High-impact investigative journalism takes considerable time and resources. Story for story, it’s by far the most expensive type of journalism any newsroom will produce. I’ve been involved with stories that have taken reporters years to complete. Before joining California Watch as editorial director, for instance, I oversaw a project at the Milwaukee Journal Sentinel that ran more than 22 months and cost, by my conservative estimate, close to $500,000 in salaries, news gathering and production costs. The series about the failures of federal regulators to protect the public from dangerous chemicals was worth every penny. The reporters Susanne Rust, Meg Kissinger (both mostly full time on the project) and Cary Spivak (who worked on the initial stories for about six months) generated one jaw-dropping story after another. The top editors in Milwaukee, Managing Editor George Stanley and Editor Marty Kaiser are committed to this kind of journalism, no matter the costs. Sadly, not every newsroom sees it the same way.

So what can California Watch do about an industry-wide problem?

We believe we can help other newsrooms publish important stories about critical issues with minimal expense to them. We don’t view ourselves as a competitor of other newsrooms. Far from it. With our reporting resources, we can help the state’s newsrooms that want to publish more high-impact stories but may no longer have the resources to go it alone.

In some cases, we will work side by side with newspapers, TV or radio stations, online publications or other nonprofit start-ups. In other cases, like our homeland security package, we will deliver finished stories that we complete on our own.

Ultimately, we believe our projects represent the type of journalism sorely needed – stories that spark debate and generate solutions in a state facing immense fiscal and governance challenges.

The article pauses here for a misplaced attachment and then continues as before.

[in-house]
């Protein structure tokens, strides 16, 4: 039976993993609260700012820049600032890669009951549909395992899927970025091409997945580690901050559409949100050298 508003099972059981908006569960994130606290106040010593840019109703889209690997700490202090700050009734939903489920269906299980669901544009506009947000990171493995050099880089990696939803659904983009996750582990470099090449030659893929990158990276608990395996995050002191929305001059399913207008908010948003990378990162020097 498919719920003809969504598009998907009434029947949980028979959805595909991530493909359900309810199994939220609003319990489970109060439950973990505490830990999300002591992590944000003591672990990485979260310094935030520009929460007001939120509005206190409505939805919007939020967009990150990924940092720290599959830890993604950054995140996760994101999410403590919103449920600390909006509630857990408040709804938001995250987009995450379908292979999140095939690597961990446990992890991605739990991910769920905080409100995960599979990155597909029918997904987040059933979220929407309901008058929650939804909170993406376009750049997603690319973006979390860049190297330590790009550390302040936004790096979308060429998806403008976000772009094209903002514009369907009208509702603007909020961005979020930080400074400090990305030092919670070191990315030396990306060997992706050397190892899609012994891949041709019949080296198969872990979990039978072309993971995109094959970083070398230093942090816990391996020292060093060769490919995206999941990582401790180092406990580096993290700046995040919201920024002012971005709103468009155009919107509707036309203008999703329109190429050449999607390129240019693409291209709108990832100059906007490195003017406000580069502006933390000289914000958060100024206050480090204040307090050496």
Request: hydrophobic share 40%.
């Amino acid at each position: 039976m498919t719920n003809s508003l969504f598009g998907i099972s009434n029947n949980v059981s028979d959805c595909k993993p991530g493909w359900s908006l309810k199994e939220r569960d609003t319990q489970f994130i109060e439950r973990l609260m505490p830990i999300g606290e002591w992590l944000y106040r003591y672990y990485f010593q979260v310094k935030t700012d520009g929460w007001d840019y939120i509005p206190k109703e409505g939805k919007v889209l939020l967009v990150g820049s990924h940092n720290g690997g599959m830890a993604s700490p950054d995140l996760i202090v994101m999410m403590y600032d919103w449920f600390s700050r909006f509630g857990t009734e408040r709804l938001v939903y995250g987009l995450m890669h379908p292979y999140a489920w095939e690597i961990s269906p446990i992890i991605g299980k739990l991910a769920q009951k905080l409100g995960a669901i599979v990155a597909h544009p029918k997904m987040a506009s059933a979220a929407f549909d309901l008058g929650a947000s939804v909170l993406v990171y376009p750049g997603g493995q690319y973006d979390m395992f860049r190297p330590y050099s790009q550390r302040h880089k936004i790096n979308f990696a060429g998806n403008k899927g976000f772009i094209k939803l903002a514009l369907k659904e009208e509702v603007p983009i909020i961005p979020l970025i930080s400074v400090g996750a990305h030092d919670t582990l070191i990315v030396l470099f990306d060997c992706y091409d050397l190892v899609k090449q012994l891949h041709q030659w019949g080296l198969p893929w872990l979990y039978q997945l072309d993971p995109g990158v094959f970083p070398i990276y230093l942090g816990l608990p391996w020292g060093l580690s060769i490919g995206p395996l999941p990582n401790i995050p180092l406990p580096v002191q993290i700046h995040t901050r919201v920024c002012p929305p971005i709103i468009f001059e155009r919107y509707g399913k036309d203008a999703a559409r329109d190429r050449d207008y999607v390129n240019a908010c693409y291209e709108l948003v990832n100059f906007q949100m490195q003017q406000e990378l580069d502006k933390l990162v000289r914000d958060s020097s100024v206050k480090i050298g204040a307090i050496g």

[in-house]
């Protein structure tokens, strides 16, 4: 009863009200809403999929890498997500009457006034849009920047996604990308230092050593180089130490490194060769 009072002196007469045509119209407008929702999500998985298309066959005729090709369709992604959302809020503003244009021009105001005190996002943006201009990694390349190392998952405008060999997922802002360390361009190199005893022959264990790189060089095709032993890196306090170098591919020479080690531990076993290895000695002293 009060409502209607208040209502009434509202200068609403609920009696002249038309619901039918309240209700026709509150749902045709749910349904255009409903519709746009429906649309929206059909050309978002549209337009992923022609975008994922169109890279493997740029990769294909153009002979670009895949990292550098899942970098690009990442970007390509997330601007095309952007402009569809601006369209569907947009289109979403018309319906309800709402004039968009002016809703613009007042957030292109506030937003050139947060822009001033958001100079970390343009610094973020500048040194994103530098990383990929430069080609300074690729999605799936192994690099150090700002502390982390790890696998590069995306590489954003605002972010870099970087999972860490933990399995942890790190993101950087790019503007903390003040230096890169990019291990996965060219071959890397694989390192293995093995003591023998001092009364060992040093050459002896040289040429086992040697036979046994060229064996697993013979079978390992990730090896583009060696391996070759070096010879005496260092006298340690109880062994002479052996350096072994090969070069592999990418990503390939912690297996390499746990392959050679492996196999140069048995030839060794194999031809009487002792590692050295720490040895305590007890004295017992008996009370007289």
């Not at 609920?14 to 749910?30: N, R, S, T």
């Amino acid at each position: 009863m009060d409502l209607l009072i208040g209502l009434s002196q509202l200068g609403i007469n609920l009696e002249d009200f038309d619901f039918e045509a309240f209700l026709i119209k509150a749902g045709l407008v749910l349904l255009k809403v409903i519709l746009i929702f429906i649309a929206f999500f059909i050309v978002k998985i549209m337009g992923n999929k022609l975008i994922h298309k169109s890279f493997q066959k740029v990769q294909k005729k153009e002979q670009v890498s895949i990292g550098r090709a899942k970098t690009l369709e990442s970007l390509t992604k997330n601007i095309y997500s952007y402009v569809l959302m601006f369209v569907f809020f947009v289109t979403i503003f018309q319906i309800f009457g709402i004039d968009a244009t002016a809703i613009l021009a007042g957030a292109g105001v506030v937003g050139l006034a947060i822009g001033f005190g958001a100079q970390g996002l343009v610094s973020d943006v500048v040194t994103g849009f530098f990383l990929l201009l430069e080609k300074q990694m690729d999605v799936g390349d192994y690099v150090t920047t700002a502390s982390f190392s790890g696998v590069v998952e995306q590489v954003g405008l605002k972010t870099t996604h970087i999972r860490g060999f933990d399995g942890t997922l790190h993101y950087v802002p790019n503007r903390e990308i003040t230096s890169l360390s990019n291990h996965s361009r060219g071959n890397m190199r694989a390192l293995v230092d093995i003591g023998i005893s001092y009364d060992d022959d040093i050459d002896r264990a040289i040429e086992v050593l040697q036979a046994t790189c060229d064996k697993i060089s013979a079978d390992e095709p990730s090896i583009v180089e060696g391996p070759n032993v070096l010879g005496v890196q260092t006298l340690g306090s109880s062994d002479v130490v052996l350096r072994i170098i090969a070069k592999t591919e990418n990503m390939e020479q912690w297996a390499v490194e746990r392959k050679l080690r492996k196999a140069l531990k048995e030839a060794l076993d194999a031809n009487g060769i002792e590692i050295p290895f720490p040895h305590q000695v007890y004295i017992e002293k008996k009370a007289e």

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Mark Katches is a past editorial director for The Center for Investigative Reporting. He is currently editor of the Oregonian and vice president of content for the Oregonian Media Group. Previously, he built and ran investigative teams at the Milwaukee Journal Sentinel and Orange County Register. Mark was the primary editor of Pulitzer Prize-winning projects in both 2008 and 2010 and edited or managed five other stories that were Pulitzer finalists. Projects he edited or directed also have won the George Polk Award, the IRE award and the Scripps-Howard National Journalism Award as well as the Goldsmith Prize for Investigative Reporting, the Worth Bingham Prize, the Sigma Delta Chi Award and the National Headliner Award. Multiplatform projects produced by CIR staff under Mark's guidance won a national News & Documentary Emmy, two Alfred I. duPont-Columbia University Awards, a George Foster Peabody Award and an Edward R. Murrow Award. He has overseen projects or websites that have won four Online Journalism Awards in the last decade, in addition to logging more than a dozen OJA finalists. In 2001, he was part of a reporting team that won the Gerald Loeb and IRE awards for a series of stories detailing the rising profits from the human tissue trade. He completed a Punch Sulzberger Fellowship at Columbia University in 2013 and has taught reporting classes as an adjunct professor at the University of Southern California, UC Berkeley's Graduate School of Journalism and Stanford University. Mark served on the board of directors of Investigative Reporters and Editors for four years and oversaw the IRE mentorship program for six years.